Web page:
YEAR 1, 6th Sunday of Ordinary Time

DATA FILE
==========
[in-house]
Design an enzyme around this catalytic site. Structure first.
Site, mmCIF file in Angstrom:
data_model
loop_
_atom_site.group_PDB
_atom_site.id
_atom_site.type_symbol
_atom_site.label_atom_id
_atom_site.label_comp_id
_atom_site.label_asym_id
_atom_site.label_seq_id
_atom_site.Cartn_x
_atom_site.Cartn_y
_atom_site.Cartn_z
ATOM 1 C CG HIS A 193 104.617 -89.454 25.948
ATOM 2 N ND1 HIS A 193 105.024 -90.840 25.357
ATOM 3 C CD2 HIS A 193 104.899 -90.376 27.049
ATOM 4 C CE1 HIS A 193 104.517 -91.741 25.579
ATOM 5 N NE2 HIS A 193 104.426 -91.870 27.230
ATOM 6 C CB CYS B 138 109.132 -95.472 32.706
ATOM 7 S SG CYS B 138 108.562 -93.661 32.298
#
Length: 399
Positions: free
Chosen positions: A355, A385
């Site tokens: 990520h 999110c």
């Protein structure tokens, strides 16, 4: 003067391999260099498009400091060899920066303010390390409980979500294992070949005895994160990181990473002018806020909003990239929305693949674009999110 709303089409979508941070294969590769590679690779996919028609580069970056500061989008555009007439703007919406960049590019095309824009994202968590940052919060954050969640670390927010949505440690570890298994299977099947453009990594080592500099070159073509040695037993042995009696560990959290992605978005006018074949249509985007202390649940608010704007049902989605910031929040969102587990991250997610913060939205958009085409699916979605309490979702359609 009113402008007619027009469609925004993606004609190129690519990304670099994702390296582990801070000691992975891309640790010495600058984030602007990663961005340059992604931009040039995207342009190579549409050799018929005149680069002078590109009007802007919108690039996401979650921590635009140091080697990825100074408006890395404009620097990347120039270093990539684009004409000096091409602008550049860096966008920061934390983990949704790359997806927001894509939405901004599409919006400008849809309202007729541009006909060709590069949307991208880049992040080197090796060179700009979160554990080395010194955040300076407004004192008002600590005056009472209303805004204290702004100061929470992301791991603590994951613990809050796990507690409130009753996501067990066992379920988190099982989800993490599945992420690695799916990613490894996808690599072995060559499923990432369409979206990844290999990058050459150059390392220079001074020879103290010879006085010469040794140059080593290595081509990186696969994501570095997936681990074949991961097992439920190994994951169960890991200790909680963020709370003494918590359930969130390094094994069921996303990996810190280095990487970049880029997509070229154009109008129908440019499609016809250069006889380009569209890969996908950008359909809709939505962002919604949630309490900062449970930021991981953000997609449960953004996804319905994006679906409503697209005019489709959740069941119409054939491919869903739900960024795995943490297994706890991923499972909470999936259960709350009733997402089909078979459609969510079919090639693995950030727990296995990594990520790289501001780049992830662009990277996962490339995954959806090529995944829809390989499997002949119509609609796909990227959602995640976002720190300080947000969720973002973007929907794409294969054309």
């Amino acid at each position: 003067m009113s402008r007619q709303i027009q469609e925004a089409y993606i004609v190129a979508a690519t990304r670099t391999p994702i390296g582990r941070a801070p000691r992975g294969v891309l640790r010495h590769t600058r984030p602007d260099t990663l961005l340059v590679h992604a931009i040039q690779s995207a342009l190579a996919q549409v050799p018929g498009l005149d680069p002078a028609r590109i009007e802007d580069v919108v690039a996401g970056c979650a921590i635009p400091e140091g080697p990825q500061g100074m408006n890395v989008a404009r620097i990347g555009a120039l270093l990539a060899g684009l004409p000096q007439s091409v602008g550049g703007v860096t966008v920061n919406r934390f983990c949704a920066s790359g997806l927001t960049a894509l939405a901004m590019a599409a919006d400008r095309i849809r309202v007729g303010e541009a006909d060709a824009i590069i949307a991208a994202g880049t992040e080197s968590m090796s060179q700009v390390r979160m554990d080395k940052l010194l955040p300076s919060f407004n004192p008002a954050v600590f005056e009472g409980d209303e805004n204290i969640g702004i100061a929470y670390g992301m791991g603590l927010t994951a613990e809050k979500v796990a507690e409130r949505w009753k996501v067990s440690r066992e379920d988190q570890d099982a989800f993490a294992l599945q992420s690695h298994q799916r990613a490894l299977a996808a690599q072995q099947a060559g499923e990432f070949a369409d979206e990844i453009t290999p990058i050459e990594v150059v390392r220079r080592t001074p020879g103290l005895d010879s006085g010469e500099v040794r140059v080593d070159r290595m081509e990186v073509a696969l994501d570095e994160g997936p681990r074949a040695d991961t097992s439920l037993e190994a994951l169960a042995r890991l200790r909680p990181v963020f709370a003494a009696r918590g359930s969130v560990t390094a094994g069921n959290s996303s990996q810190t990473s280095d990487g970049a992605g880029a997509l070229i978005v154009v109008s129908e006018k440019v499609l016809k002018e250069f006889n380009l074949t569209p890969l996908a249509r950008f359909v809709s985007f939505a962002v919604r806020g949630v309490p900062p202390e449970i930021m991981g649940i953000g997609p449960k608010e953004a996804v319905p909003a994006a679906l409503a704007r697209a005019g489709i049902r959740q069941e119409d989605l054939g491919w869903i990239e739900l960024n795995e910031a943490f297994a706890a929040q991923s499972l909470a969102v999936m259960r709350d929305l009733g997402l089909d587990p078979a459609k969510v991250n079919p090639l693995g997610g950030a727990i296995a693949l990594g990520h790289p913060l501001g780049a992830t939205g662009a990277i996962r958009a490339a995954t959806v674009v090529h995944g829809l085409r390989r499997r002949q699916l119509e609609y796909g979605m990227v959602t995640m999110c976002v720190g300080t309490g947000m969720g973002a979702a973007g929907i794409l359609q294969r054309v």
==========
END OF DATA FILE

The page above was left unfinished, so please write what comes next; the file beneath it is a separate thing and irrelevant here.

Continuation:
Gather large sheets of paper and markers of any size and color. Have the group break up into teams of two and then have each pair take only one marker and one piece of paper. Ask the teams to turn their paper portrait style (longer sides, shorter top and bottom) and draw a large oval in the middle of the paper with a line across the bottom of the paper. (Showing an example helps). Tell the teams that they must keep silence throughout the whole activity; in fact, tell the teams that there will be NO communicate at all with each other, whether that be through a laugh, a smile, a frown, a gesture or any other form of communicating. NO communicating allowed. Then instruct the teams to work together to draw a face with the oval. Explain that there are no rules except that they have to take turns and each person can only make one mark per turn. After a mark has been made that person must put the marker down on the paper and then their partner can pick up the marker and make one mark and then put the marker down on the paper to continue repeating the process until the face is completed. Once either partner has made what they think should be the last mark for the portrait they can place the marker on the floor instead of the paper. Again, NO communicating! Instruct the teams to keep silence, and wait for further instructions. After everyone’s marker is on the floor, instruct the partners to now come up with a name or a title for their portrait. Take turns writing the title on the bottom line by writing one letter per turn in the same process.